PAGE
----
Small metacarpal and metatarsal bones on each side of the cannon bone that run from the knee to just above the fetlock, commonly called “splint bones,” are the remnants of prehistoric equine toes. Horses can damage their splint bones in multiple ways, including from poor conformation, repeated concussion, direct trauma and poor farriery. Damaged splints are called “popped” splints; where the split was damaged will heal with a bony growth, called exostosis. Old splints that are set cause no pain, but splints can be painful and potentially cause lameness when they are fresh, reports The Horse.
More common in young horses, splints can occur in horses of any age. Splints on the inside of the front legs are more common than splint bone injuries on the outside or hind legs. Splint bone injuries are divided into two categories: a popped splint and a fractured splint. Palpation and X-rays are used to determine what category the splint falls into.
Popped splints are more common and present as a fast-growing swelling on the side of the cannon bone. Caused by the tearing of the outer layer of the bone or the ligament next to it, a horse may be lame when he pops a splint, but splints often develop with no signs of pain or lameness.
Fractured splints generally result from direct trauma; some that are on the lower part of the splint bone may require surgery as the pieces move so much the bone cannot heal. Additionally, if the suspensory ligament branch is being damaged by the pieces of bone, removing them may be necessary.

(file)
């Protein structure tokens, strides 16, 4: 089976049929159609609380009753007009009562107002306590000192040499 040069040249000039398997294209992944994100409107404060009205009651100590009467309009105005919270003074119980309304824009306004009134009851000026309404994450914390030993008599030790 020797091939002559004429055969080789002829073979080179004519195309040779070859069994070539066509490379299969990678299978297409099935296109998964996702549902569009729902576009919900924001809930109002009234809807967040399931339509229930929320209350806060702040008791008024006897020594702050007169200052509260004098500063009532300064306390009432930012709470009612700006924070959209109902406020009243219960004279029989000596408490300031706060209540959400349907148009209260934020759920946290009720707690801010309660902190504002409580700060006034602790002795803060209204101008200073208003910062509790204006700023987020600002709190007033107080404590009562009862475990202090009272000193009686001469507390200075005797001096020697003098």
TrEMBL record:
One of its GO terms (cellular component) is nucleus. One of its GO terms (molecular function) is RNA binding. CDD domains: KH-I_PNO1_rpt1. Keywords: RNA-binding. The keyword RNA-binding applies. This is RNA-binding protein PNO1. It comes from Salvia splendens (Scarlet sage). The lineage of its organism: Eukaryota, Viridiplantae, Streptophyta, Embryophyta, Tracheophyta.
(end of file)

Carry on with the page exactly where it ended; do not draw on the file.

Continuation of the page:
If the splint bone is broken up high, toward the knee, a plate and screws may be used to retain the stability of the joint instead of completely removing the bone. Fractures in the middle of the splint bone generally heal well with a few weeks of rest.
Treatment of splint bone injuries generally involves rest, cold hosing or ice therapy and wraps. Topical or oral anti-inflammatory may also be recommended. If a splint does not respond well to treatment, remaining sore or becoming large, an injection of corticosteroids may be recommended.
Read more at The Horse.
New to the Paulick Report? Click here to sign up for our daily email newsletter to keep up on this and other stories happening in the Thoroughbred industry.
Copyright © 2019 Paulick Report.